Washington Nationals' Anthony Rendon playing for the Lord, quietly having MVP-caliber season

All season long, the National League MVP race has been about two guys: L.A.’s Cody Bellinger and Milwaukee’s Christian Yelich. That’s for good reason, as both are crushing the ball and having career years.

But a quiet dark horse has entered the race (at least theoretically): Anthony Rendon.

The Washington Nationals third baseman is leading the majors (through Wednesday) with a .338 batting average and 114 RBIs (tied with Atlanta’s Freddie Freeman). Those are career-high numbers for the 29-year-old, and the same goes for his home runs (32), on-base percentage (.417), slugging percentage (.636), OPS (1.053) and total bases (301). Before the season ends, he’ll likely have career-highs in doubles, hits and runs too.

Rendon’s offense has helped the Nationals take a three-game lead for the top NL wild-card slot; they’re seven games back of the Braves in the NL East. The Nats are in Atlanta to begin a four-game series Thursday night, and will host the Braves next week for three games.

Rendon has been a good player for years — he was the sixth overall pick of the 2011 draft out of Rice University — but wasn’t selected for the All-Star Game until this year, in which he’s taken his play to a new level. He placed fifth in 2014 NL MVP voting, sixth in 2017 and 11th in 2018 (when he played just 136 games)

But outside of his family, close friends and those in the Nationals organization, few people know much about Rendon, which is the way he prefers it.

“I love baseball. I love being on the field. I love competing,” Rendon said last year in a rare interview with the Washington Post. “But I’m not a fan of everything that comes with it. No offense — I’m not a fan of the interviews. I’m not a fan of people coming in the clubhouse. I’m not a fan of everyone treating you different because you play a sport. How am I different than anyone else? I’m a human being, and I have my faults, too.”

But some recent work with kids at the Nationals Youth Baseball Academy in Southeast Washington has helped Rendon better understand how his platform can be used.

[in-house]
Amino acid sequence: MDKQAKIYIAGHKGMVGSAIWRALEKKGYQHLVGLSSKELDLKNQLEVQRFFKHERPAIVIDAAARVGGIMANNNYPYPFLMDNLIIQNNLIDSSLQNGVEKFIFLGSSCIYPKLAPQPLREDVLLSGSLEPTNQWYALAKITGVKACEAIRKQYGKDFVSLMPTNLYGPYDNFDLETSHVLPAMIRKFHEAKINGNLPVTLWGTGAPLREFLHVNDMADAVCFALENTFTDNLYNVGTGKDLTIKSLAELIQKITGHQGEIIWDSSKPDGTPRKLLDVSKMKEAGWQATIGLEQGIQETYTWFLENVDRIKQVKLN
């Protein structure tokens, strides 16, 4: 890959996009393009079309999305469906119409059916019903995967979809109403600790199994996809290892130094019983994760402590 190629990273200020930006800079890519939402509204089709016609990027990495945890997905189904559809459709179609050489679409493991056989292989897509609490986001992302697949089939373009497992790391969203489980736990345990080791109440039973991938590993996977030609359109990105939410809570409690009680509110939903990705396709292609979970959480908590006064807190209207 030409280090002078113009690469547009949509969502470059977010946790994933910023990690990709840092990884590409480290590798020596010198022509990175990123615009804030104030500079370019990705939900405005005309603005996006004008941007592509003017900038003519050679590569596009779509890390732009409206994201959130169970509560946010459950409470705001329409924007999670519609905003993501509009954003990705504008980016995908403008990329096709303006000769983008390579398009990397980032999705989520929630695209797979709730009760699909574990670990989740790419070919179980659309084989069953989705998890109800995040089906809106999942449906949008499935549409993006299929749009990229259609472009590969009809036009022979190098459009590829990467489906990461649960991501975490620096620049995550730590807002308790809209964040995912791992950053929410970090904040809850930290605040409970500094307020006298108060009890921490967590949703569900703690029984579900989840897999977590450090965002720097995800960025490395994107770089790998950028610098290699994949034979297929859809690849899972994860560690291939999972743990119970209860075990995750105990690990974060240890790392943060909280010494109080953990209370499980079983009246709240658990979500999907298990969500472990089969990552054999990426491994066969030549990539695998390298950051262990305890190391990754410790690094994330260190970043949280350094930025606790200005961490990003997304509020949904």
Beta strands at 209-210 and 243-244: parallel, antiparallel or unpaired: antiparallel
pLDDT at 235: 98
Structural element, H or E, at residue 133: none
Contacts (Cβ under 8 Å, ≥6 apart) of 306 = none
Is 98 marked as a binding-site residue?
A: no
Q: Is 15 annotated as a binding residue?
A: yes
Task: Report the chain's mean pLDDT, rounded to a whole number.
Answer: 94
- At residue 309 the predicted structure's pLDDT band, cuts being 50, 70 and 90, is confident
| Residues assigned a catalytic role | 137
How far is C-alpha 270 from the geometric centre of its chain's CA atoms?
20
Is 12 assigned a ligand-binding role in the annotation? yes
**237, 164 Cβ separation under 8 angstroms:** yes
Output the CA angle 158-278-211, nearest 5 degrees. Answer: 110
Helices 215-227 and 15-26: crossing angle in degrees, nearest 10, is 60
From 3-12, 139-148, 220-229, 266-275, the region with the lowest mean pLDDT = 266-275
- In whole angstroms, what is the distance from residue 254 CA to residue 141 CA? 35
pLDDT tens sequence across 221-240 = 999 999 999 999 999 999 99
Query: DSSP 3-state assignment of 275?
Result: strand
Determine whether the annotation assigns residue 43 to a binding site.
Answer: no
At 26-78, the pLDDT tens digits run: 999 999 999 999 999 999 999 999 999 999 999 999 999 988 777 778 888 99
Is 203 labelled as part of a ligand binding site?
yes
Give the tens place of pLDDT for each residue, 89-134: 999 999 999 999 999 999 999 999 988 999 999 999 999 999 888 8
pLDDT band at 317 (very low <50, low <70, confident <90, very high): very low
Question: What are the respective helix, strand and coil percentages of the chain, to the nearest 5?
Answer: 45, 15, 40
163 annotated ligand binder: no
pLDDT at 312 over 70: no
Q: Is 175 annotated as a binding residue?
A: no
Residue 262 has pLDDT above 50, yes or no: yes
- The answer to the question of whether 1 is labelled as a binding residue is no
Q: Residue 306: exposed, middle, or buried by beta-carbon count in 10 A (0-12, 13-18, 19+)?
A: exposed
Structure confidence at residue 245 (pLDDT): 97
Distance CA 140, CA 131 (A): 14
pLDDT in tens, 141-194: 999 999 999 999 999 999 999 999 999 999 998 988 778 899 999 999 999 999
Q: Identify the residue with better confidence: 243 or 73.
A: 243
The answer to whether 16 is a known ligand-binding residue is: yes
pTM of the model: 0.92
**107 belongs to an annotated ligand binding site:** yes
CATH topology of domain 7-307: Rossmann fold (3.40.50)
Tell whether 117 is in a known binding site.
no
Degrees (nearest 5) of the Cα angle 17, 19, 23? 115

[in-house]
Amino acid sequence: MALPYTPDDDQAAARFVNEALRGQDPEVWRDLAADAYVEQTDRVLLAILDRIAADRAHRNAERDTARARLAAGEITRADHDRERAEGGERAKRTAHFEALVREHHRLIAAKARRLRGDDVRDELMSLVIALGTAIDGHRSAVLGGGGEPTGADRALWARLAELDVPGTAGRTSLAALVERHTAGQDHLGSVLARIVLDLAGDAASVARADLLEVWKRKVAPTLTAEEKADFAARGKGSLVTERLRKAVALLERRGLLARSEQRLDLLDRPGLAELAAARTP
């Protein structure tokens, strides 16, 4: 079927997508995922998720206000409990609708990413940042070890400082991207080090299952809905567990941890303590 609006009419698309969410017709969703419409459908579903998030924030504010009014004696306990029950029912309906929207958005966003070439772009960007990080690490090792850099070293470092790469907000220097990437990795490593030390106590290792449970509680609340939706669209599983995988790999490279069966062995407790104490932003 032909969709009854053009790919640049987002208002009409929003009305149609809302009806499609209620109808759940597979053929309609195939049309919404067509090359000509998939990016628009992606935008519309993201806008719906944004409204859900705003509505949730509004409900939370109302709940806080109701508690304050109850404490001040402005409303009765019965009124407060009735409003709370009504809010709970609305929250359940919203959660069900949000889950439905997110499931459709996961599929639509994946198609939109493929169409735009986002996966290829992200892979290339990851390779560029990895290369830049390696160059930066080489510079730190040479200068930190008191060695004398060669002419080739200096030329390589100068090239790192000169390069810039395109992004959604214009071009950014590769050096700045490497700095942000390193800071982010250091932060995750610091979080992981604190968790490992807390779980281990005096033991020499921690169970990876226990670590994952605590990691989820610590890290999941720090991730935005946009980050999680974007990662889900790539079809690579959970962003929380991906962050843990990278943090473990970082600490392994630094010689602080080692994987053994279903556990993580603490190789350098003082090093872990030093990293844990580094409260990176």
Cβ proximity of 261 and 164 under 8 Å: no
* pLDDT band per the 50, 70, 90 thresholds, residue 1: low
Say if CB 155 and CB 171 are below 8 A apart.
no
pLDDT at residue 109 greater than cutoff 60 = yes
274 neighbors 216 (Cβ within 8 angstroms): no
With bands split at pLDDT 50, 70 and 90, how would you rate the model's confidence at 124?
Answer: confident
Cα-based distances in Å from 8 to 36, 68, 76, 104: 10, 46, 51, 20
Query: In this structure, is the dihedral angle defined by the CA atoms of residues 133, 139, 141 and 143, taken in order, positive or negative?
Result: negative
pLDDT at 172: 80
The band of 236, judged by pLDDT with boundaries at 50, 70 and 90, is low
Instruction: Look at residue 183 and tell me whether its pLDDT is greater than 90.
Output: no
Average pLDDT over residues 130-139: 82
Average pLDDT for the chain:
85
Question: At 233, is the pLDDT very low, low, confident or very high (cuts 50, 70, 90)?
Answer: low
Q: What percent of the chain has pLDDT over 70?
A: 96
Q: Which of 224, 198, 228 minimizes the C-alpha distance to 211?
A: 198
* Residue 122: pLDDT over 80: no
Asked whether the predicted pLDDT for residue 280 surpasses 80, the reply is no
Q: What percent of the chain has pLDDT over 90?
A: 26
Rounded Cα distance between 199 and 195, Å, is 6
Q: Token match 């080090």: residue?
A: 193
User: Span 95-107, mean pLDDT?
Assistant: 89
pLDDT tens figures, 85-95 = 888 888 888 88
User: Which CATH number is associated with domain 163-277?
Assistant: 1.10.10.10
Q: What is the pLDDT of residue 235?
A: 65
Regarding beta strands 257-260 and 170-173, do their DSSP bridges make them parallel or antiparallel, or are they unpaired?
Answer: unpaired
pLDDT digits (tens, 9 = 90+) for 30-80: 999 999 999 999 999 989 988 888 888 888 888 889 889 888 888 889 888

“I think hanging out with these kids and hearing their stories and knowing I’m trying to make a difference, maybe that’s what I get out of it. I’m getting emotionally attached. That’s where I think I’ve matured. Recognizing that [opportunity] and using my platform — obviously, that’s been tough for me to accept. And at times like this [interview], it’s still uncomfortable. But hopefully as I grow older and mature, I get better at it.”

He’s not big on social media, and actually hasn’t posted on Twitter in more than two years. But one of the most recent posts was to thank those who helped raise money for his hometown of Houston following Hurricane Harvey in 2017. He said, “It is truly amazing watching the body of Christ come alive.”

Rendon’s strong season in 2019 is coming in a contract year, as he’ll become a free agent at the end of the season. When asked last year about his future in Washington, he said he can’t control everything.

“You want to plan for the future,” he told the Washington Post. “But I’ve come to learn your plans don’t always come to fruition. Obviously, with my faith, too, I don’t want to seem like it’s all about me, me, me. It takes away from what I do for Him, for the Lord.”

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